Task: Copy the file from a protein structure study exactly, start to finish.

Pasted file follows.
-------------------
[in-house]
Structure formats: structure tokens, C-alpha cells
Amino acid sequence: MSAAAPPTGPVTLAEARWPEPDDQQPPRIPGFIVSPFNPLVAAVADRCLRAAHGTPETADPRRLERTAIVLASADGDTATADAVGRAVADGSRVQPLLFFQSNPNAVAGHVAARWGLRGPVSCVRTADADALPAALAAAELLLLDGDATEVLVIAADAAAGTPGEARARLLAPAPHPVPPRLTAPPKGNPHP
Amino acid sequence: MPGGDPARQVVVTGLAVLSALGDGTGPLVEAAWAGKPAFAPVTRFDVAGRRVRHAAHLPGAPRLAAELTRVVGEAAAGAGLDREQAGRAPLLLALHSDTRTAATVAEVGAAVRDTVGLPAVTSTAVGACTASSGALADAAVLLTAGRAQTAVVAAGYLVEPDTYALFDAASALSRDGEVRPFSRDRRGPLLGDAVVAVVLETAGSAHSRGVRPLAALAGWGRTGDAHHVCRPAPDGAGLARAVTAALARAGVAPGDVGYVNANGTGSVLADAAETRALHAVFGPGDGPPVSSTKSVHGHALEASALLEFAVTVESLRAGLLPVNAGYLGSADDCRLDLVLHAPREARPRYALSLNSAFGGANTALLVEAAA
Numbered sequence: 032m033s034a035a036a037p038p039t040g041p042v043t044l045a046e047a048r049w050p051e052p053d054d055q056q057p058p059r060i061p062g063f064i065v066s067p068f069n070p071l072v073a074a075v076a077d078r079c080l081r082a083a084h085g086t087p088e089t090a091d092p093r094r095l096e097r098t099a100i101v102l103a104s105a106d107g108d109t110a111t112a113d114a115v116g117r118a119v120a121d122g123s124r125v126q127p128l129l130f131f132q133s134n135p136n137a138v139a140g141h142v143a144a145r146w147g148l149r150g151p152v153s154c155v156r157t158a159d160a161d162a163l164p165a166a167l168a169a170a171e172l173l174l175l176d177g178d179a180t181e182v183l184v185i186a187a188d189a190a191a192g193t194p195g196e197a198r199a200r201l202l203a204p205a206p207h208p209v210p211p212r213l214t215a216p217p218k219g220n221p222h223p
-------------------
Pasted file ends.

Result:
[in-house]
Structure formats: structure tokens, C-alpha cells
Amino acid sequence: MSAAAPPTGPVTLAEARWPEPDDQQPPRIPGFIVSPFNPLVAAVADRCLRAAHGTPETADPRRLERTAIVLASADGDTATADAVGRAVADGSRVQPLLFFQSNPNAVAGHVAARWGLRGPVSCVRTADADALPAALAAAELLLLDGDATEVLVIAADAAAGTPGEARARLLAPAPHPVPPRLTAPPKGNPHP
Amino acid sequence: MPGGDPARQVVVTGLAVLSALGDGTGPLVEAAWAGKPAFAPVTRFDVAGRRVRHAAHLPGAPRLAAELTRVVGEAAAGAGLDREQAGRAPLLLALHSDTRTAATVAEVGAAVRDTVGLPAVTSTAVGACTASSGALADAAVLLTAGRAQTAVVAAGYLVEPDTYALFDAASALSRDGEVRPFSRDRRGPLLGDAVVAVVLETAGSAHSRGVRPLAALAGWGRTGDAHHVCRPAPDGAGLARAVTAALARAGVAPGDVGYVNANGTGSVLADAAETRALHAVFGPGDGPPVSSTKSVHGHALEASALLEFAVTVESLRAGLLPVNAGYLGSADDCRLDLVLHAPREARPRYALSLNSAFGGANTALLVEAAA
Numbered sequence: 032m033s034a035a036a037p038p039t040g041p042v043t044l045a046e047a048r049w050p051e052p053d054d055q056q057p058p059r060i061p062g063f064i065v066s067p068f069n070p071l072v073a074a075v076a077d078r079c080l081r082a083a084h085g086t087p088e089t090a091d092p093r094r095l096e097r098t099a100i101v102l103a104s105a106d107g108d109t110a111t112a113d114a115v116g117r118a119v120a121d122g123s124r125v126q127p128l129l130f131f132q133s134n135p136n137a138v139a140g141h142v143a144a145r146w147g148l149r150g151p152v153s154c155v156r157t158a159d160a161d162a163l164p165a166a167l168a169a170a171e172l173l174l175l176d177g178d179a180t181e182v183l184v185i186a187a188d189a190a191a192g193t194p195g196e197a198r199a200r201l202l203a204p205a206p207h208p209v210p211p212r213l214t215a216p217p218k219g220n221p222h223p